eHealth promises to increase self-management and personalised medicine and improve cost-effectiveness in primary care. Paired with these promises are ethical implications, as eHealth will affect patients' and primary care professionals' (PCPs) experiences, values, norms, and relationships. We argue what ethical implications related to the impact of eHealth on four vital aspects of primary care could (and should) be anticipated. (1) EHealth influences dealing with predictive and diagnostic uncertainty. Machine-learning based clinical decision support systems offer (seemingly) objective, quantified, and personalised outcomes. However, they also introduce new loci of uncertainty and subjectivity. The decision-making process becomes opaque, and algorithms can be invalid, biased, or even discriminatory. This has implications for professional responsibilities and judgments, justice, autonomy, and trust. (2) EHealth affects the roles and responsibilities of patients because it can stimulate self-management and autonomy. However, autonomy can also be compromised, e.g. in cases of persuasive technologies and eHealth can increase existing health disparities. (3) The delegation of tasks to a network of technologies and stakeholders requires attention for responsibility gaps and new responsibilities. (4) The triangulate relationship: patient-eHealth-PCP requires a reconsideration of the role of human interaction and 'humanness' in primary care as well as of shaping Shared Decision Making. Our analysis is an essential first step towards setting up a dedicated ethics research agenda that should be examined in parallel to the development and implementation of eHealth. The ultimate goal is to inspire the development of practice-specific ethical recommendations.
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http://dx.doi.org/10.1080/13814788.2019.1678958DOI Listing
http://www.ncbi.nlm.nih.gov/pmc/articles/PMC7034078PMC
December 2020

Next-generation care pathways for allergic rhinitis and asthma multimorbidity: a model for multimorbid non-communicable diseases-Meeting Report (Part 2).

J Thorac Dis 2019 Sep;11(9):4072-4084

Universitätsmedizin Berlin, Corporate Member of Freie Universität Berlin, Humboldt-Uniersität zu Berlin and Berlin Institute of Health, Comprehensive Allergy-Centre, Department of Dermatology and Allergy, Member of GA2LEN, Berlin, Germany.

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http://dx.doi.org/10.21037/jtd.2019.09.38DOI Listing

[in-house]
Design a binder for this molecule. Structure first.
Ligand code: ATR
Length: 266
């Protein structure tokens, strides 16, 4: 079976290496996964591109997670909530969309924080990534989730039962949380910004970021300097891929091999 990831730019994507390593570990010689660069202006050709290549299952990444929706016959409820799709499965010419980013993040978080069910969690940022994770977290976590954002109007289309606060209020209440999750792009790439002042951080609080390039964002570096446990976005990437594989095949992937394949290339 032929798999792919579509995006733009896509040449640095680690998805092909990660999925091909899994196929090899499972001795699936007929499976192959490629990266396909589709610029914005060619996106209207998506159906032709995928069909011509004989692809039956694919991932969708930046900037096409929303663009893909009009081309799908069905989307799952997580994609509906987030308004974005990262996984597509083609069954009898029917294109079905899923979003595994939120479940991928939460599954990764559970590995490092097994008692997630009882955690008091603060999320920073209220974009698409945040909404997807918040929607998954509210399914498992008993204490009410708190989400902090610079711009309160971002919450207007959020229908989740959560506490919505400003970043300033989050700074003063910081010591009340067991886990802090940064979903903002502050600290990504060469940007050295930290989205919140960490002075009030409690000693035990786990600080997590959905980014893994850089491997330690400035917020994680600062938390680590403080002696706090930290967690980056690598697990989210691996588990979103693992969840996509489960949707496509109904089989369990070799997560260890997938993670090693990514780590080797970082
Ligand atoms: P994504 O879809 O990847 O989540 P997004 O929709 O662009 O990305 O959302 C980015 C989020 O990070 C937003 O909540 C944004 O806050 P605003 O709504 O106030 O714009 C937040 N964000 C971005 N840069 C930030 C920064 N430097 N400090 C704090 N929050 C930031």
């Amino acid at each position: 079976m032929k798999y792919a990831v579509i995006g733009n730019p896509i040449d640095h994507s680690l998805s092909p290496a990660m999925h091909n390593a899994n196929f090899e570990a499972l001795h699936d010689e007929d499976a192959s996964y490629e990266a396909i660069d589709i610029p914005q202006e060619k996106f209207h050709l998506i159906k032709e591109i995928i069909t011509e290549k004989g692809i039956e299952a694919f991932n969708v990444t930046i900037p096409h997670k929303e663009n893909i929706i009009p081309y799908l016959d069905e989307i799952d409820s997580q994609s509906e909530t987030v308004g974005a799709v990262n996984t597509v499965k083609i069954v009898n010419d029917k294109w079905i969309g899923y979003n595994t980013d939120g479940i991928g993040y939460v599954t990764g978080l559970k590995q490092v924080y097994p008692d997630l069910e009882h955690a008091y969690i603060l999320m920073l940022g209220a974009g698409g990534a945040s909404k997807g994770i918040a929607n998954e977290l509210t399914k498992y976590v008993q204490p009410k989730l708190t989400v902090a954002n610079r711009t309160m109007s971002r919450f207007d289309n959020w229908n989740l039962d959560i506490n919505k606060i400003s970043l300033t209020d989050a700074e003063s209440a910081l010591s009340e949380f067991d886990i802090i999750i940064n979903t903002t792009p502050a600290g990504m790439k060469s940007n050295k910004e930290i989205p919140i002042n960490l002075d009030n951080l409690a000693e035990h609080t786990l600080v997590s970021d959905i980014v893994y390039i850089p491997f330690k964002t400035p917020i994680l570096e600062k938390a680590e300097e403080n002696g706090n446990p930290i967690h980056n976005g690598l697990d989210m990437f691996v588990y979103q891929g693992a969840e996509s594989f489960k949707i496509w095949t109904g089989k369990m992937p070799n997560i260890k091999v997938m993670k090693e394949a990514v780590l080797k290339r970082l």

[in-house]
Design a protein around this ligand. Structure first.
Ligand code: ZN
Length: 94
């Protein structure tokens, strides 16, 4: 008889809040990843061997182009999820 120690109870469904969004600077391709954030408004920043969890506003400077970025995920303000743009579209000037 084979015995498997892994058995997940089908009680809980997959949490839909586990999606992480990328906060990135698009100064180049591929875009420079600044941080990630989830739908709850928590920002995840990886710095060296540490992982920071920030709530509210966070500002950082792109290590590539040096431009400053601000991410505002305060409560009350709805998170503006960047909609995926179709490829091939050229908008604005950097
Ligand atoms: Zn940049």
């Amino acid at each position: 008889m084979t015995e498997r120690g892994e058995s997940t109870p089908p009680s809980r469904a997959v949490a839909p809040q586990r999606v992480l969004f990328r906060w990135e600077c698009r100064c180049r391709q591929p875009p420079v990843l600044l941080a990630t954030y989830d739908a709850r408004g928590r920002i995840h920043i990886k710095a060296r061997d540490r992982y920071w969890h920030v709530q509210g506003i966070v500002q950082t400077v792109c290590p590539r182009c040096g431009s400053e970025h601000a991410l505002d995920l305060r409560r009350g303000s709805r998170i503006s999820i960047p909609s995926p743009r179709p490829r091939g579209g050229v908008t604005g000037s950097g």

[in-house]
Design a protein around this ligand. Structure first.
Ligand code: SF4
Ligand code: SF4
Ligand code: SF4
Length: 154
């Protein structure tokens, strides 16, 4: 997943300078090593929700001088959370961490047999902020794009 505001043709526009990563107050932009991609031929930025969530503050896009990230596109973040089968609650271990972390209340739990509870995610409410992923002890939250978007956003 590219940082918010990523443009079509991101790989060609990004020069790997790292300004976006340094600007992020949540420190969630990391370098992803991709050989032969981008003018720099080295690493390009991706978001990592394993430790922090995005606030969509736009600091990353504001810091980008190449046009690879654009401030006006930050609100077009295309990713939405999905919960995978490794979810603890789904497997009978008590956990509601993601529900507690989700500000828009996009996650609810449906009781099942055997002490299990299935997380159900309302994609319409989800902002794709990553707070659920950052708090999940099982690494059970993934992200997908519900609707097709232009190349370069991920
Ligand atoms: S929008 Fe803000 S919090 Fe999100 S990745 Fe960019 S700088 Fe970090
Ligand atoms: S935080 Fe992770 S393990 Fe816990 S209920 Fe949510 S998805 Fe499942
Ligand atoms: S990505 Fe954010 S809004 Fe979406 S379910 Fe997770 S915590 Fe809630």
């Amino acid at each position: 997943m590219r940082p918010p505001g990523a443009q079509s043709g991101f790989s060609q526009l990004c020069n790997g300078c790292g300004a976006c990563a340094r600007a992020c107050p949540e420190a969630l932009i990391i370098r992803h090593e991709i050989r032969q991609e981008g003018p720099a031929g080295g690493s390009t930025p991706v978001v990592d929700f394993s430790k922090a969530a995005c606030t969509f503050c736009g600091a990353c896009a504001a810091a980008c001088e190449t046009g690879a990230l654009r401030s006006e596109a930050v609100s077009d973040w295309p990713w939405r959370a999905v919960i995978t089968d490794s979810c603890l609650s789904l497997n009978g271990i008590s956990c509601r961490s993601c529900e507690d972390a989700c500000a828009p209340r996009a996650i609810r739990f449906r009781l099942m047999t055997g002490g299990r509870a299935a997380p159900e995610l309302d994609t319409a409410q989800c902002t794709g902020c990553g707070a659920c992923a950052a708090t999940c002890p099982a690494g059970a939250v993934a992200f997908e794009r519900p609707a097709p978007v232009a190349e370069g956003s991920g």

http://www.ncbi.nlm.nih.gov/pmc/articles/PMC6790426PMC
September 2019

SERIES: eHealth in primary care. Part 1: Concepts, conditions and challenges.

Eur J Gen Pract 2019 Oct 10;25(4):179-189. Epub 2019 Oct 10.

Department of Public Health and Primary Care, Leiden University Medical Centre, Leiden, The Netherlands.

Primary care is challenged to provide high quality, accessible and affordable care for an increasingly ageing, complex, and multimorbid population. To counter these challenges, primary care professionals need to take up new and innovative practices, including eHealth. eHealth applications hold the promise to overcome some difficulties encountered in the care of people with complex medical and social needs in primary care. However, many unanswered questions regarding (cost) effectiveness, integration with healthcare, and acceptability to patients, caregivers, and professionals remain to be elucidated. What conditions need to be met? What challenges need to be overcome? What downsides must be dealt with? This first paper in a series on eHealth in primary care introduces basic concepts and examines opportunities for the uptake of eHealth in primary care. We illustrate that although the potential of eHealth in primary care is high, several conditions need to be met to ensure that safe and high-quality eHealth is developed for and implemented in primary care. eHealth research needs to be optimized; ensuring evidence-based eHealth is available. Blended care, i.e. combining face-to-face care with remote options, personalized to the individual patient should be considered. Stakeholders need to be involved in the development and implementation of eHealth via co-creation processes, and design should be mindful of vulnerable groups and eHealth illiteracy. Furthermore, a global perspective on eHealth should be adopted, and eHealth ethics, patients' safety and privacy considered.